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Language a key to SL learning

Monday, November 11, 2002

'Minority and poor know more than what tests show'

A new report shows minority and poor students continue to fall behind their peers across Iowa. "The gap is still there, and in some cases it's getting worse," said Ted Stilwell, director of the Iowa Department of Education.

The achievement gap between minorities and non-minorities in subjects such as math, reading and science is continuing to widen in towns across the state, a trend which the Storm Lake school system is in the vanguard in trying to correct. A number of new programs and resources have been put into play, but progress is frustratingly slow.

Storm Lake is not exempt from the wide achievement gaps found in the state's metro school systems such as Des Moines and Waterloo in recent testing. The proficiency levels of English Language Learners (ELL) students and non-ELL students differ by as much as 62 percent in some subjects.

Storm Lake superintendent Dr. Bill Kruse said Stilwell's concern over the disparities in achievement numbers can be echoed in Storm Lake, and said he feels the district is doing its best to change those statistics for the better.

"We have put in place a number of supportive resources to try to close that gap, including a reading program in elementary schools, after-school programs in the middle and elementary schools and summer school for all students," Kruse said. "With these we hope that we can catch (ELL students) up in reading and math and other skills. At this point, however, those gaps are here."

The achievement differences which are seen in Storm Lake and across Iowa are based on figures from the Iowa Tests of Basic Skills, a series of objective tests taken each year by students in fourth, eighth and 11th grades. The tests record proficiency in the core subjects of reading and math for students in all three grades and science for those in eighth and 11th grades.

In the Storm Lake schools, 46 percent of fourth grade ELL students were proficient in reading, while 69 percent of non-ELL fourth graders were proficient. The disparities grew as the students grew older, as thirty-one percent of eighth grade ELL students were proficient compared to 63 percent of eighth grade non-ELL students, with the gap rising to 14 percent and 76 percent in 11th grade.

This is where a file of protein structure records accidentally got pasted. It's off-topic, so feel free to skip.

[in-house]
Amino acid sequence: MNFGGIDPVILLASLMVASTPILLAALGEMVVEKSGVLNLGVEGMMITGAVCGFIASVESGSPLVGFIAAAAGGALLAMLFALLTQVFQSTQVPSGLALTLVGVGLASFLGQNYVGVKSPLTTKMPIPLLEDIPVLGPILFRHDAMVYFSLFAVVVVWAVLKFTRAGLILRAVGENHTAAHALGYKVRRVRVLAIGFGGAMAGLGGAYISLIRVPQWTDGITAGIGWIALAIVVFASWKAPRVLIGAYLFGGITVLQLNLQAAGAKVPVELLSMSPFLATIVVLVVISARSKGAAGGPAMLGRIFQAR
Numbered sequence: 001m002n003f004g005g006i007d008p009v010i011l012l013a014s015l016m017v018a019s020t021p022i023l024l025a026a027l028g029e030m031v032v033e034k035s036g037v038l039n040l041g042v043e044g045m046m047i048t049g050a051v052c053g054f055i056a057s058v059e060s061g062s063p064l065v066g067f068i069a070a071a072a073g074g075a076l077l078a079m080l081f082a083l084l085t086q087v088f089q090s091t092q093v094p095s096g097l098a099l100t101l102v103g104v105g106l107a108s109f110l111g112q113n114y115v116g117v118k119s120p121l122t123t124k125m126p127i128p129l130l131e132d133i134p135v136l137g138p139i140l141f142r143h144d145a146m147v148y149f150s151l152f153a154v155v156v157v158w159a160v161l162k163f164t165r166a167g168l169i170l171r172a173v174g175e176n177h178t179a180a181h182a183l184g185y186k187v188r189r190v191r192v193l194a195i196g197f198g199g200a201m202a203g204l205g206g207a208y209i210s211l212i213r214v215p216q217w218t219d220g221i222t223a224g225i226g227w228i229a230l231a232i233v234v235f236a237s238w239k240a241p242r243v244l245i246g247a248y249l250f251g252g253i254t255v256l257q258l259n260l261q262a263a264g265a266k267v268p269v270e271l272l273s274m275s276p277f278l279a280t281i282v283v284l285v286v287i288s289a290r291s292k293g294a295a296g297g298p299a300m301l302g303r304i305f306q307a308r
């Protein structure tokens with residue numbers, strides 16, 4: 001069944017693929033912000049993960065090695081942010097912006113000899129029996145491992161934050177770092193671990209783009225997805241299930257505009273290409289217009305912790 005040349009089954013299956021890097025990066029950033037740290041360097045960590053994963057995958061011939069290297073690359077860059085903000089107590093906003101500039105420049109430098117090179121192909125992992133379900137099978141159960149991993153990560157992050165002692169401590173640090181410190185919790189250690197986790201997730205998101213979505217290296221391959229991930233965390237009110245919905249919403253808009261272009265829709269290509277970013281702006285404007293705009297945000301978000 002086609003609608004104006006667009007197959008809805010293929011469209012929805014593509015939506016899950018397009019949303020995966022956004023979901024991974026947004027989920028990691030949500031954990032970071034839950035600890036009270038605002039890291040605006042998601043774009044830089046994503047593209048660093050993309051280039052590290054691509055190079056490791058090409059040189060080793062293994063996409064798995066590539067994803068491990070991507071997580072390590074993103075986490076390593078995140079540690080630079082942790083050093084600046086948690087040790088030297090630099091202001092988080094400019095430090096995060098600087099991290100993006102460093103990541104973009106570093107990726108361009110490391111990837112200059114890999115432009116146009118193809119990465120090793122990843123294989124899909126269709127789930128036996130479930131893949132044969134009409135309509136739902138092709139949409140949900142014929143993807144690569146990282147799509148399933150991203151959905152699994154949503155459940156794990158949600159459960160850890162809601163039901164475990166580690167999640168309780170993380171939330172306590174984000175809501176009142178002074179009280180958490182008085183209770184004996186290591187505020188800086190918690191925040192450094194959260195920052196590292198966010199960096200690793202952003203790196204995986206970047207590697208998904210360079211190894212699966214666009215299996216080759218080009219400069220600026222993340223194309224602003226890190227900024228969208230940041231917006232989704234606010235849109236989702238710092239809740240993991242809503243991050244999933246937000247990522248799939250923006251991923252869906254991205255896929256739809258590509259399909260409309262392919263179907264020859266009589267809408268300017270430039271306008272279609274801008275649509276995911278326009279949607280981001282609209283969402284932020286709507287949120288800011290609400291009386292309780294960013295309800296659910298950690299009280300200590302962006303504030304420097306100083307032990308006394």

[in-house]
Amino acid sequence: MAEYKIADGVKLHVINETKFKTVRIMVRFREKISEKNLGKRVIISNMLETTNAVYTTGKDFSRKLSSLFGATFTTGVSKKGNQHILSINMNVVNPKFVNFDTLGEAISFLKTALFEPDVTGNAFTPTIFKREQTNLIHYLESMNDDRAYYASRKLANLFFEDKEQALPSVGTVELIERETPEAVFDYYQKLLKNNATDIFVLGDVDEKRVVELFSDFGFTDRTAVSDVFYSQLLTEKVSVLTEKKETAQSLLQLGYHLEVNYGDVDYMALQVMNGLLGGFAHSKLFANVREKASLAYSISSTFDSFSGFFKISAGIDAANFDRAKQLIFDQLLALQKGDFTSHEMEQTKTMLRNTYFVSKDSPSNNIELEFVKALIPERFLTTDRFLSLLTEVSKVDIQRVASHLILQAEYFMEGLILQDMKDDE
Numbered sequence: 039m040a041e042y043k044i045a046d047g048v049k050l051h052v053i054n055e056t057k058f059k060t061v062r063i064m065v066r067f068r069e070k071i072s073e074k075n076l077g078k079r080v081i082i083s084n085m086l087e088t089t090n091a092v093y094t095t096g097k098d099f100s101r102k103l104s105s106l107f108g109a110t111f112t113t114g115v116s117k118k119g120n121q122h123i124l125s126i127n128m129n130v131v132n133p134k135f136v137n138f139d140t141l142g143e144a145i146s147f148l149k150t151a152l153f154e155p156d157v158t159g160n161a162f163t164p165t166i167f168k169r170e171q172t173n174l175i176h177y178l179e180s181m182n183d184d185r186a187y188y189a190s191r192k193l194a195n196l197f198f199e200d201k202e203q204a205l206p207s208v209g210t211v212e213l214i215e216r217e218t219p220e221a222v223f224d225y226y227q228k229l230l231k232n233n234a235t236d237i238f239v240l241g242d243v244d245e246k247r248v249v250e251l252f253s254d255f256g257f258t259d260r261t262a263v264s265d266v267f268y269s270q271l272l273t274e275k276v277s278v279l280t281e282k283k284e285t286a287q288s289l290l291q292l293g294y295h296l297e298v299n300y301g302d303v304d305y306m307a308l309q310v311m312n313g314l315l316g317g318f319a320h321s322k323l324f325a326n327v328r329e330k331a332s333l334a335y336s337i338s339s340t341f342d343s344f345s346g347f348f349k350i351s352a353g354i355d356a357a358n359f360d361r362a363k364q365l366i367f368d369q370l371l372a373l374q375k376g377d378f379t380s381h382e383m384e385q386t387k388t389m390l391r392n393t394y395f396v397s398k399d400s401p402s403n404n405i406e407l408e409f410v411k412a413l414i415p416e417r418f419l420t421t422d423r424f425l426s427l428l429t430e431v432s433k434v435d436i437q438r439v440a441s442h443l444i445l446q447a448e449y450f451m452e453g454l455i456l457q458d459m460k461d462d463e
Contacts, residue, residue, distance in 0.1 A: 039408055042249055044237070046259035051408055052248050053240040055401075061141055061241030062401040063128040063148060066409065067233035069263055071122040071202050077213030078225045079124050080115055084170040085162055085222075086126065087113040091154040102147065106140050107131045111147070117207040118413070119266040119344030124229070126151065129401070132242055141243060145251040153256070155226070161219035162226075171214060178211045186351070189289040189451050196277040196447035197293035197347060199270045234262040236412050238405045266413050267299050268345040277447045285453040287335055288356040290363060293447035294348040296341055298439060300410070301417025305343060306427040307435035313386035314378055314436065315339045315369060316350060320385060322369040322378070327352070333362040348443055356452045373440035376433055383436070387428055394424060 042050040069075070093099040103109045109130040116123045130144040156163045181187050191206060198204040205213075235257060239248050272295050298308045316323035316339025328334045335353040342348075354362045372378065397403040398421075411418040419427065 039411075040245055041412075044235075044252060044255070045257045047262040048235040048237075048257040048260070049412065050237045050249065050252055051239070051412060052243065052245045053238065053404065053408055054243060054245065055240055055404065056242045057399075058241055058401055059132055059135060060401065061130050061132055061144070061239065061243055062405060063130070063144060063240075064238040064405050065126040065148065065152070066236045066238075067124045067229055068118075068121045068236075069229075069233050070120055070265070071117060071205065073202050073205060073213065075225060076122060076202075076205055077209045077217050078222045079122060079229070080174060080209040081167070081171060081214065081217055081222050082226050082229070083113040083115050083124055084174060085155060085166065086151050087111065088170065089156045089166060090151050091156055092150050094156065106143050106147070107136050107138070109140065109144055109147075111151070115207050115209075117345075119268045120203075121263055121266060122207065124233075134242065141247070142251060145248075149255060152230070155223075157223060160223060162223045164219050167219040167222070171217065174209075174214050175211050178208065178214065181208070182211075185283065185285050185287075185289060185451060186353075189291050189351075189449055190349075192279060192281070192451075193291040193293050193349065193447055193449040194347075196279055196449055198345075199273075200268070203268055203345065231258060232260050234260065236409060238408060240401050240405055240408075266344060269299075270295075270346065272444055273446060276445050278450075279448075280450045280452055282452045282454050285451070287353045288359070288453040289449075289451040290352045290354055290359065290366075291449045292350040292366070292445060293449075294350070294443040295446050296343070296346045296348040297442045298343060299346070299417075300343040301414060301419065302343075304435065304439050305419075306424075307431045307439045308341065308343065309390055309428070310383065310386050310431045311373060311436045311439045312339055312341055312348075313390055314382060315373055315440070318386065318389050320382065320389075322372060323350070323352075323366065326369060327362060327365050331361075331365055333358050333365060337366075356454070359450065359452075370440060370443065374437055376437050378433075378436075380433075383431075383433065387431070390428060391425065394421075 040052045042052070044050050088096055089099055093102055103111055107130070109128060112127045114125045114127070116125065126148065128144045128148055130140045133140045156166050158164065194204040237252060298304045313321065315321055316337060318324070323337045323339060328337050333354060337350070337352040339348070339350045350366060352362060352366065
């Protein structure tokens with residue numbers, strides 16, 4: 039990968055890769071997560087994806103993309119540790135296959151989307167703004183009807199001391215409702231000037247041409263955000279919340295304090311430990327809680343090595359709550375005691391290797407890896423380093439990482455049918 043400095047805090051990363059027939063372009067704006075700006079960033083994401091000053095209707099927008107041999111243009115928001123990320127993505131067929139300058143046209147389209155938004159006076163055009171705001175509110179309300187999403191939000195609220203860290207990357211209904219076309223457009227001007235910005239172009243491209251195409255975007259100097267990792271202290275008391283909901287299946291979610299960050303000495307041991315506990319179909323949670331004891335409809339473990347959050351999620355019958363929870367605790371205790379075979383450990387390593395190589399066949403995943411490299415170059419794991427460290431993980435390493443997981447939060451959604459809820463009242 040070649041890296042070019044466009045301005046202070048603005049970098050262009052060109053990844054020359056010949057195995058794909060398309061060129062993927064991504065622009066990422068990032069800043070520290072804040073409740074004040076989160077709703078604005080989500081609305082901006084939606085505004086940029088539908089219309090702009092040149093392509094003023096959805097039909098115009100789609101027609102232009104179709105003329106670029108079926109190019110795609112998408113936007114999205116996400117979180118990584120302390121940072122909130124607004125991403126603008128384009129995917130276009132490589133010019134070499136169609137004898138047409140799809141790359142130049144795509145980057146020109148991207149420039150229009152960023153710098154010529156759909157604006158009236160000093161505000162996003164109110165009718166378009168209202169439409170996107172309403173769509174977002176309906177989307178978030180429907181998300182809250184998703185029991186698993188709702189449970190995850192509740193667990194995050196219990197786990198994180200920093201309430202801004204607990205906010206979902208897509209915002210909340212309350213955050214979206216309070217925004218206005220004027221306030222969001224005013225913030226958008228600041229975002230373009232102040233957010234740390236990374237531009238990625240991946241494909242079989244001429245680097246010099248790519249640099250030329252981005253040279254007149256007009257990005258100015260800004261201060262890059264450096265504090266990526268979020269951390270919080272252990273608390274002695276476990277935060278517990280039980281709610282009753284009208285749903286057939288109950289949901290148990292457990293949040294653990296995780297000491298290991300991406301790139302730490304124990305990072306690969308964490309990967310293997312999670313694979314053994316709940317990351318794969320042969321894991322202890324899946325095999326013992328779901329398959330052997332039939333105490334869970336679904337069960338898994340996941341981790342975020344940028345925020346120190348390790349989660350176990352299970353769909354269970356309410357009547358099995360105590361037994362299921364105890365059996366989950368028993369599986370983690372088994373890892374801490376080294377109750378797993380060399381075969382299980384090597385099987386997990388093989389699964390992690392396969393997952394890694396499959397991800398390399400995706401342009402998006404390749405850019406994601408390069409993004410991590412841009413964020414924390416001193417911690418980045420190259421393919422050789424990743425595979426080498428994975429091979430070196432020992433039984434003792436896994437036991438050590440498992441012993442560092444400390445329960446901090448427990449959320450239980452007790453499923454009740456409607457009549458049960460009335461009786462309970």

Results were similar in math and science. There was a 21 percent gap in math in fourth graders, a 39 percent disparity in eighth grade math and a 48 percent gap between ELL and non-ELL math proficiency skills among juniors in high school. Science proficiency skills among eighth graders differed by 42 percent and ELL and non-ELL students in 11th grade had a proficiency difference of 45 percent.

Kruse said he feels one of the primary factors for the wide achievement gaps between ELL and non-ELL students is the format of the ITBS itself, which can be problematic for students who have no or little knowledge of the English language.

"The reason for these scores is that these tests record the ability of a student to read the English language, comprehend what is being said and then answering correctly on an objective test," Kruse said. "Many of our ELL students have difficulty doing that. But, if there was a conversational test or something using observational skills those scores would probably rise, because they may know a lot more than what the objective tests show. Unfortunately, the objective tests is how all students are being judged."

While Storm Lake has already taken steps to try to correct the problem, Kruse said it could be a little while before the proficiency numbers of the ELL and non-ELL students start to become more similar.

"Even though we've been at this for a while, it's been said that it takes five to seven years to be conversationally literate in English and up to 10 years to fully understand the entire language, so we've got a long ways to go yet," Kruse said. "We've only had our tutorial programs in operation for three years, so we're really just starting out right now. We just need to continue with the programs that we've already put in place."

"I feel confident about what we're doing," Kruse continued. "I feel we're definitely on the right path. It's just going to take some time."



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